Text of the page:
World Wide Study Bible
a Bible passage
Healing after Punishment
The word of the Lord came to Jeremiah a second time, while he was still confined in the court of the guard:
This prophecy refers to the same subject; nor was it to be wondered at, that God spoke so much of the same thing, for it was necessary to render the Jews inexcusable, as they always pretended ignorance, except God made frequent repetitions. And this was also the reason why Paul said, that by the mouth of two or three witnesses everything should be established, when he said that he would come the second and the third time to Corinth. (2 Corinthians 13:1) He intimated that his coming would not be useless, for except they repented they could not have escaped by pretending ignorance, as hypocrites are wont to do. It was, then, God’s purpose to confirm by many prophecies what he had once testified respecting the restoration of the people; but he had an especial care for the faithful, that they might not grow faint and succumb under those many trials which remained for so long a time; for as some died in exile, they might have forgotten the covenant of God, and thus the soul might have perished with the body. And those who were to return to their own country had need of no common support, so that they might continue firm for seventy years, and rely with confidence on God’s mercy. We now, then, understand why God repeated the doctrine as to the return of the people.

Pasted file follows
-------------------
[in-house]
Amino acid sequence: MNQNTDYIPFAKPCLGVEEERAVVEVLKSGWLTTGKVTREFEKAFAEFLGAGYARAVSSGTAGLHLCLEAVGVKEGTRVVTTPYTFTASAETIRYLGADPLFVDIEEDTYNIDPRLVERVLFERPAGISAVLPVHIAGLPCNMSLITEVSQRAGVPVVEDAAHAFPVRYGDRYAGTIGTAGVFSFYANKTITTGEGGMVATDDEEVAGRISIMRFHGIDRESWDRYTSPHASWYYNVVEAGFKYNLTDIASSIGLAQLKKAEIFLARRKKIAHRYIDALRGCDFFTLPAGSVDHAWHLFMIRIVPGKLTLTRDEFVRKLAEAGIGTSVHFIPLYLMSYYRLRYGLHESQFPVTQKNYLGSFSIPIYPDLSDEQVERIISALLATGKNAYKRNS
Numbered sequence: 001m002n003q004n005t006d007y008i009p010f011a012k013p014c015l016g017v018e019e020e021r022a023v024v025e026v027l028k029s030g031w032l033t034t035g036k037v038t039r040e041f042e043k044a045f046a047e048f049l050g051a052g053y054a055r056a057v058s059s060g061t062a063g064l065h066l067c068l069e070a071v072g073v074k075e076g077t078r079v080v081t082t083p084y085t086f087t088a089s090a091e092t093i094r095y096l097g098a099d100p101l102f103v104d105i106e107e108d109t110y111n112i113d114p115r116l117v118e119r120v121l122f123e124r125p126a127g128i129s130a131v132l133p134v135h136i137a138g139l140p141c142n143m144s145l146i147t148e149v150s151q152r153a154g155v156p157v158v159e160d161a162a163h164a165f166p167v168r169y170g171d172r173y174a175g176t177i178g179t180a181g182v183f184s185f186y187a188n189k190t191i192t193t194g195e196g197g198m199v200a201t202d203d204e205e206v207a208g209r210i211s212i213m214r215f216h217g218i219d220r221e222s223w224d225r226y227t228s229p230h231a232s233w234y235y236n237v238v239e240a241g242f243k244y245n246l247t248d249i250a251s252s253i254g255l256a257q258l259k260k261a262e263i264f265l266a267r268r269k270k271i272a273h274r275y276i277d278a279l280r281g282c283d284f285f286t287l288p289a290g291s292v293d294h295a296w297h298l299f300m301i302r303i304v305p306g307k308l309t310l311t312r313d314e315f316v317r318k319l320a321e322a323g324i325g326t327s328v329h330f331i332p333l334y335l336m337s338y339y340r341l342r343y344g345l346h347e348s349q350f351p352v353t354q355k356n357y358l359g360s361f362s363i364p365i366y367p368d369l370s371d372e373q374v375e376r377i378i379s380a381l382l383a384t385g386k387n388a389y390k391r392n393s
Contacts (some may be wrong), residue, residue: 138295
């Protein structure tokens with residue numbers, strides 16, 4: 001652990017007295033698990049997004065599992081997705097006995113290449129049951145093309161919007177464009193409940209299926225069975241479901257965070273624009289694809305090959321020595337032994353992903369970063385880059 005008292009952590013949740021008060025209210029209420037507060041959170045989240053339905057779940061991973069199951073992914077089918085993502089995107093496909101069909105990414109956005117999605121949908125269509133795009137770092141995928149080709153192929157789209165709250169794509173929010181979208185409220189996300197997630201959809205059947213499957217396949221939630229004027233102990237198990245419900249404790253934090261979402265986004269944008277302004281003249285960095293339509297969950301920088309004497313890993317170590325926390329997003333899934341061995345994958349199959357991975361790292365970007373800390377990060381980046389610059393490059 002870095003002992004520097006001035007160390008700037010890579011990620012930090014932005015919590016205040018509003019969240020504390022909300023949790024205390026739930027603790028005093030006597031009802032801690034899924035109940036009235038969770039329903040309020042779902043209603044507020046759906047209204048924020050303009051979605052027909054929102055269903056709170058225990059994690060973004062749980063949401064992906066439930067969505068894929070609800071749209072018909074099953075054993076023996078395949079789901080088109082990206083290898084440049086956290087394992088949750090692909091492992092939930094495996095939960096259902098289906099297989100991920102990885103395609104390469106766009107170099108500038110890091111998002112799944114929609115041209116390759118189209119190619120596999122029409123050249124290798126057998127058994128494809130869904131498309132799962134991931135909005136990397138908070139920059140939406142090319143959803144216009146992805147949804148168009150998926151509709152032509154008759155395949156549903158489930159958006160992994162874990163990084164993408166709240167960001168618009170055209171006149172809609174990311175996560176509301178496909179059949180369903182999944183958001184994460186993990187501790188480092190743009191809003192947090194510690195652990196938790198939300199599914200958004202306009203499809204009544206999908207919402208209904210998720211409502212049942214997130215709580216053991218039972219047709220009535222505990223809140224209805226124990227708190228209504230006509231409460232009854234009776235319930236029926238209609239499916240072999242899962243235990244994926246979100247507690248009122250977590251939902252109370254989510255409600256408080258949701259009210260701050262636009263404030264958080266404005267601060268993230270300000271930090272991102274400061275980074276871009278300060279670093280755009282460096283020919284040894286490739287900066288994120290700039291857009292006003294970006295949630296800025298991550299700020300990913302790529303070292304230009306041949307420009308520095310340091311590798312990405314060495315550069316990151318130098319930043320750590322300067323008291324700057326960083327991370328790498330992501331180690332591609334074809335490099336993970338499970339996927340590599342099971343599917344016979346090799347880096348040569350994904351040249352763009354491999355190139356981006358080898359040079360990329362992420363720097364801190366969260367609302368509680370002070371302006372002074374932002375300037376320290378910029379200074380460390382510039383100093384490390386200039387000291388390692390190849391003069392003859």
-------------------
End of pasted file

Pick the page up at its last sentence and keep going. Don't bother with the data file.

It is said that the word of Jehovah came to Jeremiah while he was yet in prison Then the Prophet was bidden to consult the benefit of his enemies, and to promote their welfare, however unworthy they were through their ingratitude; for though they had not all demanded his death, yet the greater part of them had clamorously condemned him, and he had been with difficulty delivered, and was now lying in prison. It was a great cruelty that the people, while he was faithfully discharging his prophetic office, should thus furiously rage against him. He is, however, bidden still to proceed in the duties of his office, to comfort them, to ease their grief, and to afford them some alleviation in their evils and miseries.